Föhrenbergkreis Finanzwirtschaft

Unkonventionelle Lösungen für eine zukunftsfähige Gesellschaft

Archive for 7. Oktober 2017

Taxation Tests European Unity

Posted by hkarner - 7. Oktober 2017

Date: 06-10-2017
Source: The Wall Street Journal

The EU is trying to level the playing field on tax issues, but risks alienating smaller member states

BRUSSELS—The European Union is selling its push to wrest tax revenue from multinational companies as a step toward leveling the corporate playing field across the continent.

But the move risks exacerbating tax disputes among member states, and undermining the bloc’s unity.

The EU in recent years has launched investigations to crack down on what officials say is corporate tax avoidance, abetted by sweetheart deals offered by some countries. The bloc has also proposed new tax legislation, with officials promising that large companies will pay their fair share. Den Rest des Beitrags lesen »

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Can Macron’s „Fire and Fury“ Lead a Renaissance for Europe?

Posted by hkarner - 7. Oktober 2017

Date: 06-10-2017
Source: YaleGlobal

Over the past decade, France as Europe’s third largest economy has not pursued an ambitious agenda as a member of the European Union. Likewise, resistance to political reforms has led to tepid economic growth hovering around 1 percent with only a few countries faring worse. President Emmanuel Macron, rejecting nationalism and embracing the potential of the European Union, may revitalize the French role. “Macron has moved to a dual strategy,” explains François Godement, a senior policy fellow with the European Council on Foreign Relations. “Use European needling to push domestic reforms, leverage these reforms to lobby the entire European Union for deeper integration, and needle Germany in the direction of federal economic governance for Europe.” Moving swiftly, Macron offers numerous policy proposals, pointedly avoiding treaty changes or mutualizing members’ past debts. Critics grumble about a jumble of policies, and Godement concludes that careful diplomacy is required in convincing other EU members, including Germany, that sticking with the status quo, avoiding reforms, will lead to Europe’s failure. – YaleGlobal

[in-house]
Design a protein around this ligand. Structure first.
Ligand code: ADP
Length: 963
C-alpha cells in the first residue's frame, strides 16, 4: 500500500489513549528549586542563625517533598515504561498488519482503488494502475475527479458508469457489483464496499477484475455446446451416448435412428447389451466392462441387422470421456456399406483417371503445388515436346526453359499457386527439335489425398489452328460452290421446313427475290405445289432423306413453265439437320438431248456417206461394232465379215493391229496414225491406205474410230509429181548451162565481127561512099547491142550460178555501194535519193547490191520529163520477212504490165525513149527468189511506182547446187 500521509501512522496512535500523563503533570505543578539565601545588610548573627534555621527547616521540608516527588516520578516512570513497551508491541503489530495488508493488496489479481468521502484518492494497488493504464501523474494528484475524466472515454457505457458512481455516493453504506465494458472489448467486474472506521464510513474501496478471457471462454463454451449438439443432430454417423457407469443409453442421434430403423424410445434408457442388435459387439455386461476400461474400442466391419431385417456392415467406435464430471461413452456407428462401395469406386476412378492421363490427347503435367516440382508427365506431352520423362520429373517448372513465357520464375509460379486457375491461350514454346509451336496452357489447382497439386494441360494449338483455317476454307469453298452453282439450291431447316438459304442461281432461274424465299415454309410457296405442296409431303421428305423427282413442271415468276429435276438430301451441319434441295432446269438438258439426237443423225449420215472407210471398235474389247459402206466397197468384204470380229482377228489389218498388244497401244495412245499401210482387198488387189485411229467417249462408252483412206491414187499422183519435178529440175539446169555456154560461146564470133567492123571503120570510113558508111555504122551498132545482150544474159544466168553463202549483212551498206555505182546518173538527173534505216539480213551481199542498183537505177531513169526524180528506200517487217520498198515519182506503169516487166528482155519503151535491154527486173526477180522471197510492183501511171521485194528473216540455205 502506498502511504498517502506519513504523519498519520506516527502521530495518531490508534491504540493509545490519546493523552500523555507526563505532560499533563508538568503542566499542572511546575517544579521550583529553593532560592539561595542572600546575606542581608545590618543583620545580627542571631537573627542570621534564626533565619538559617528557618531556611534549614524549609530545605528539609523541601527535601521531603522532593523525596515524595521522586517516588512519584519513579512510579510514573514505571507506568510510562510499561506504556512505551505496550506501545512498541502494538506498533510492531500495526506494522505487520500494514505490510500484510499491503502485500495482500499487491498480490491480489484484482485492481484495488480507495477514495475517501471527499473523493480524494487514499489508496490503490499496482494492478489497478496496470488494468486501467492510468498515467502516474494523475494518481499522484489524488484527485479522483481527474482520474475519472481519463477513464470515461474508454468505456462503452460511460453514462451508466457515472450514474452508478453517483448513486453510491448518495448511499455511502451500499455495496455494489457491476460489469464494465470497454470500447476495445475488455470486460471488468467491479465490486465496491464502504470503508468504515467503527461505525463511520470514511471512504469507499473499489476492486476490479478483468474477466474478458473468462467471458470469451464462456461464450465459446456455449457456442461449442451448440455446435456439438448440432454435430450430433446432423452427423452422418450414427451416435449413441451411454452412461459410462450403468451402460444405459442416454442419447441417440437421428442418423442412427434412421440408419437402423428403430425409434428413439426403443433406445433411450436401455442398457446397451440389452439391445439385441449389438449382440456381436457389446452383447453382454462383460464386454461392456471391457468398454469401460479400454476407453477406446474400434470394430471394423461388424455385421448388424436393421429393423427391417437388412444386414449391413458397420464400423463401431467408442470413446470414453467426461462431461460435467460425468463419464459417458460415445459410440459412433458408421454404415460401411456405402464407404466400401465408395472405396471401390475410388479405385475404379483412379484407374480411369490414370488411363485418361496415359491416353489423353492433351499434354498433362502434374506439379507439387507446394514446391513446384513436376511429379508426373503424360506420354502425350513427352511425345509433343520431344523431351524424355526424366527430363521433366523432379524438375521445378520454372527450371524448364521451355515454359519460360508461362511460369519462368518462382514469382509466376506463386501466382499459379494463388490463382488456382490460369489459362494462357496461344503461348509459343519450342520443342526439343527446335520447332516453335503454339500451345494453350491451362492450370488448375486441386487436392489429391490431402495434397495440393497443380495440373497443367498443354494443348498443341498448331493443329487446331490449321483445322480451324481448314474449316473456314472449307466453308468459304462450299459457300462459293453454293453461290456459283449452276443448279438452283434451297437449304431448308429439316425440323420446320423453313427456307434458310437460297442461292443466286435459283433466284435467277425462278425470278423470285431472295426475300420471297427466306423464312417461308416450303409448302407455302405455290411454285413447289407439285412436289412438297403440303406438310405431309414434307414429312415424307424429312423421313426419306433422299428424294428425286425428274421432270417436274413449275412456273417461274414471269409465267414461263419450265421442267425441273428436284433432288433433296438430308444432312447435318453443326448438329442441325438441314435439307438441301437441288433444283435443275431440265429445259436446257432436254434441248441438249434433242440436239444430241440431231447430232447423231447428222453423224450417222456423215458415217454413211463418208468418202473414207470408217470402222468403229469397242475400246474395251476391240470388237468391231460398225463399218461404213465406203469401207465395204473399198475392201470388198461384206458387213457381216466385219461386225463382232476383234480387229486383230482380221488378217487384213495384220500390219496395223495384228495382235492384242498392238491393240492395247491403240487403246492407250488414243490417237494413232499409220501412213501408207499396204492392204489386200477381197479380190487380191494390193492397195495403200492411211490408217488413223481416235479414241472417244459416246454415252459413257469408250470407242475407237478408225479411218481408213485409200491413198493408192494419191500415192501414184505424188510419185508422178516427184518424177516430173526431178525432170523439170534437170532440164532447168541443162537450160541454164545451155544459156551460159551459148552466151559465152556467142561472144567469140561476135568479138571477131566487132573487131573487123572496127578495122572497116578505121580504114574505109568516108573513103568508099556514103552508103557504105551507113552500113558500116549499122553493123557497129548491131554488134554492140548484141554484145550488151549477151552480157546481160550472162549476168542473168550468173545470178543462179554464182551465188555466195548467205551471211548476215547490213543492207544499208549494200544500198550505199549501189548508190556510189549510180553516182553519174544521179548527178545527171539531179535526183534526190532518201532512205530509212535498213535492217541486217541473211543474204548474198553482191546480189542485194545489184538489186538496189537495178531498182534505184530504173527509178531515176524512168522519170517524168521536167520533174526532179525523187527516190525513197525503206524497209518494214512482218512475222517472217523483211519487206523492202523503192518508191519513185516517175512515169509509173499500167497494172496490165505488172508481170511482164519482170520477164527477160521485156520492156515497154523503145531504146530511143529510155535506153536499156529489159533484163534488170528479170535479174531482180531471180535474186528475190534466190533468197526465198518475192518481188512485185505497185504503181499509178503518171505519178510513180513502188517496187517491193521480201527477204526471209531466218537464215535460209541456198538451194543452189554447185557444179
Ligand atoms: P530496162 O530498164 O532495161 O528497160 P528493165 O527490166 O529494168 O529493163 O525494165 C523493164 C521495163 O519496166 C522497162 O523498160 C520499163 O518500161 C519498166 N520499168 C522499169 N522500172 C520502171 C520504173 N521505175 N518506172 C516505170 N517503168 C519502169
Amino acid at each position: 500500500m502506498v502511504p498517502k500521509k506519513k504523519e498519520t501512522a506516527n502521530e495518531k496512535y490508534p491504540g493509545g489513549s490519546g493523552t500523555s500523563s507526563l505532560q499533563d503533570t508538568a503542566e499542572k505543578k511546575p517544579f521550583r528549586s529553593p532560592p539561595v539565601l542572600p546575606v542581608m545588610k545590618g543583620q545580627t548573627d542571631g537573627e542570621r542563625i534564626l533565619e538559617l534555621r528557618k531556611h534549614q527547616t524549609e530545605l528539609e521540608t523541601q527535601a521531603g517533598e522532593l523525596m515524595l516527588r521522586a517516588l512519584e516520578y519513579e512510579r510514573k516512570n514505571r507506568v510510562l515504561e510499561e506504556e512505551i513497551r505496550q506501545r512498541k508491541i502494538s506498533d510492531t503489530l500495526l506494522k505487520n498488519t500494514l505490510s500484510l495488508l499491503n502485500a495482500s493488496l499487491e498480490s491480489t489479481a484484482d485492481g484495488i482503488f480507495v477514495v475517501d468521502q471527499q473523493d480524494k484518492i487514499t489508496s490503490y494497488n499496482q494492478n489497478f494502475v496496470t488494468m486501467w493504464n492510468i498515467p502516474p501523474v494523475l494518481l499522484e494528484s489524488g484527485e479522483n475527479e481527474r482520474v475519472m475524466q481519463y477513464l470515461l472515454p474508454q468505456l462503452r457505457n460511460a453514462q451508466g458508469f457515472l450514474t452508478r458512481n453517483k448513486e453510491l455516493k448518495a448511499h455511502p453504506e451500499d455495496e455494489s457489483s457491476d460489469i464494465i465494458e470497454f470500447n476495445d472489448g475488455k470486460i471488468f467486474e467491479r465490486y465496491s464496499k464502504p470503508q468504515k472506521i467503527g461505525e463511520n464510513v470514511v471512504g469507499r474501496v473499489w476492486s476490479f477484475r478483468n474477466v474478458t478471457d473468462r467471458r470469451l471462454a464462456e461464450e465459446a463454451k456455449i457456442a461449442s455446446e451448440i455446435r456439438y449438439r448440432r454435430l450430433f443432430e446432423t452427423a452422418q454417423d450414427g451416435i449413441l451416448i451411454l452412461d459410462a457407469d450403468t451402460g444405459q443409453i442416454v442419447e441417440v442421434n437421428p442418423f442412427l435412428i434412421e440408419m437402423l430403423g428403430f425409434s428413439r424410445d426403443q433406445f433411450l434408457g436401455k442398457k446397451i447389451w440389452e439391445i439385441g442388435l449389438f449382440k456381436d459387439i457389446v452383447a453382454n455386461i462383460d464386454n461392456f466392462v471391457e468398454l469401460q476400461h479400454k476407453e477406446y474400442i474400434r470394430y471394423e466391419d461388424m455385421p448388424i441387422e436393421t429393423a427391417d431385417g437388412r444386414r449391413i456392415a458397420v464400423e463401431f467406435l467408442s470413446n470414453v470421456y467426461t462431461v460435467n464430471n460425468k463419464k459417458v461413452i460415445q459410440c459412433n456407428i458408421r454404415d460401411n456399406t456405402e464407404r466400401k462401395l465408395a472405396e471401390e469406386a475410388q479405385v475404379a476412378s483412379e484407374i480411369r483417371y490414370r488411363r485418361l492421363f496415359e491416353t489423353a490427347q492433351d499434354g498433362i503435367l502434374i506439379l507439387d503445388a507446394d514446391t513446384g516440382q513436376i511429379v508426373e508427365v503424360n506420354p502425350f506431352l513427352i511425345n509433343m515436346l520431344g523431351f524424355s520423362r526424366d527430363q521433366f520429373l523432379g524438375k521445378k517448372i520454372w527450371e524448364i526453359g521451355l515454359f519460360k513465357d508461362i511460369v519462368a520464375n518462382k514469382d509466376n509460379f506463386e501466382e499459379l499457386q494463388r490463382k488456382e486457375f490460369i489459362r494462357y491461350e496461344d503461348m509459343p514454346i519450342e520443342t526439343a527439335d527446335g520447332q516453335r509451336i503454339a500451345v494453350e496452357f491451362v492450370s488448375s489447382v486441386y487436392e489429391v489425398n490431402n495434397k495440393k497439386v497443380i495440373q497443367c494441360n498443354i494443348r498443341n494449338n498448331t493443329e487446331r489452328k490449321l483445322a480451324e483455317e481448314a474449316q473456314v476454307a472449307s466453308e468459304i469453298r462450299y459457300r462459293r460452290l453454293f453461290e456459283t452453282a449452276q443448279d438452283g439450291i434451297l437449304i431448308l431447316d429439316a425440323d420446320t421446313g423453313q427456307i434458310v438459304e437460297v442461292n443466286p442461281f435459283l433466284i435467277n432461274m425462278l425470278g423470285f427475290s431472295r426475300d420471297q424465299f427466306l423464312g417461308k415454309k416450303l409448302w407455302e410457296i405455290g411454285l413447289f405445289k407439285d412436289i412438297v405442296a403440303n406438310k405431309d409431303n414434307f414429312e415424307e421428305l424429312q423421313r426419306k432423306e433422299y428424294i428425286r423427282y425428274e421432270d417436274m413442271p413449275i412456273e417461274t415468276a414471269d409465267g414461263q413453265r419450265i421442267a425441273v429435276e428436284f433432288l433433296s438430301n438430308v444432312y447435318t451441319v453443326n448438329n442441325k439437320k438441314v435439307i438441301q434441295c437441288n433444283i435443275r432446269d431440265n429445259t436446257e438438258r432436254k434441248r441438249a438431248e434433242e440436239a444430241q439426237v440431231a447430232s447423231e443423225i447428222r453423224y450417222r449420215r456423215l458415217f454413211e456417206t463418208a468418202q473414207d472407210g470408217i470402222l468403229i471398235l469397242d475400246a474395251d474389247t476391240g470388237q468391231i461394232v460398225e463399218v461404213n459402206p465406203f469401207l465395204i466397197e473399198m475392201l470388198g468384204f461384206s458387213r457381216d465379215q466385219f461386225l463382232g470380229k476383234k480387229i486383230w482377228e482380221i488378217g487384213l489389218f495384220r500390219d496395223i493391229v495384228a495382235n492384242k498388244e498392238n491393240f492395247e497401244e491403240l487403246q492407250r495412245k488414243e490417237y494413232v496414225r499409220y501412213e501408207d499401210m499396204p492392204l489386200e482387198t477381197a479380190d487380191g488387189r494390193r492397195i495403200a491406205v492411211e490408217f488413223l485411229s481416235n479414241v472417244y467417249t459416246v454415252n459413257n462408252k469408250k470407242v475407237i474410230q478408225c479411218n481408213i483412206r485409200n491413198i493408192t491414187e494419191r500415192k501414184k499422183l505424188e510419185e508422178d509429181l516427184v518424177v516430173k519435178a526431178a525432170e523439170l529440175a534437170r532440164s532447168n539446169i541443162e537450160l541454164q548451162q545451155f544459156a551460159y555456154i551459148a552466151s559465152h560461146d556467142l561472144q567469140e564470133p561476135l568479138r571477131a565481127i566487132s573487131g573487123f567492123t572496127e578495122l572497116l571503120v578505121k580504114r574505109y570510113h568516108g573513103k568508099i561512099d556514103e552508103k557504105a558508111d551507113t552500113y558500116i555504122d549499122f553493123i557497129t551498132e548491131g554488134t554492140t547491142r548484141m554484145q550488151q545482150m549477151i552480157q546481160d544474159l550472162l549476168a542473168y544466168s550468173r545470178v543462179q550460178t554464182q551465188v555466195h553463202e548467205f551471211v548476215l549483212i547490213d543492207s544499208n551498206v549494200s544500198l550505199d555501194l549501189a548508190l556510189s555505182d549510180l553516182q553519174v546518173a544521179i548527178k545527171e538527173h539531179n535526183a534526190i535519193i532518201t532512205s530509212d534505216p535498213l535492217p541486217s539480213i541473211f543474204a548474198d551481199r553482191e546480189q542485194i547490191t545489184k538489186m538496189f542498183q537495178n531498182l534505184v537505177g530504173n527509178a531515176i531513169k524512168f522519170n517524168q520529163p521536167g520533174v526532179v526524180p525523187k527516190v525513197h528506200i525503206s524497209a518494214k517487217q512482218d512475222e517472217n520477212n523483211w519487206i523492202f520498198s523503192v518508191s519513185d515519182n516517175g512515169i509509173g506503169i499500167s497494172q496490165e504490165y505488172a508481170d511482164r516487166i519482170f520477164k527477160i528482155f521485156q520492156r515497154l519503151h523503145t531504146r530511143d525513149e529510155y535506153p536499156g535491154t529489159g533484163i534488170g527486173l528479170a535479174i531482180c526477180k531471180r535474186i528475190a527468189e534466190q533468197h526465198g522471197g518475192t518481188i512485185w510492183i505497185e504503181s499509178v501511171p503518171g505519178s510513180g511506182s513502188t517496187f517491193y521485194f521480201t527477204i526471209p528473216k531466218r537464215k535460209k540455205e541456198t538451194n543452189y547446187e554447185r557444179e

Macron, avoiding treaty changes, moves swiftly in proposing reforms to revitalize the European Union and France’s role
François Godement Den Rest des Beitrags lesen »

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Out of the traps: Emerging markets are up and running

Posted by hkarner - 7. Oktober 2017

Date: 05-10-2017
Source: The Economist

After a rocky few years, emerging markets have become more mature and resilient, says Simon Cox. But along with the drama, some of their dynamism has gone

IN 1875 THE Ottoman Empire defaulted on half its foreign debt, a victim of the “first major debt crisis of the developing world”, according to one account of the mess. Its creditors, led by the Imperial Ottoman Bank, forced the empire’s grand vizier to accept a humiliating solution. Rather than wait to be repaid out of tax revenues, they won the right to collect half a dozen taxes themselves, including stamp duty and duties on alcohol. After 15 years of tax farming, the Imperial Ottoman Bank was comfortable enough to build impressive new headquarters in Istanbul, neo-orientalist in style on one side and neoclassical on the other.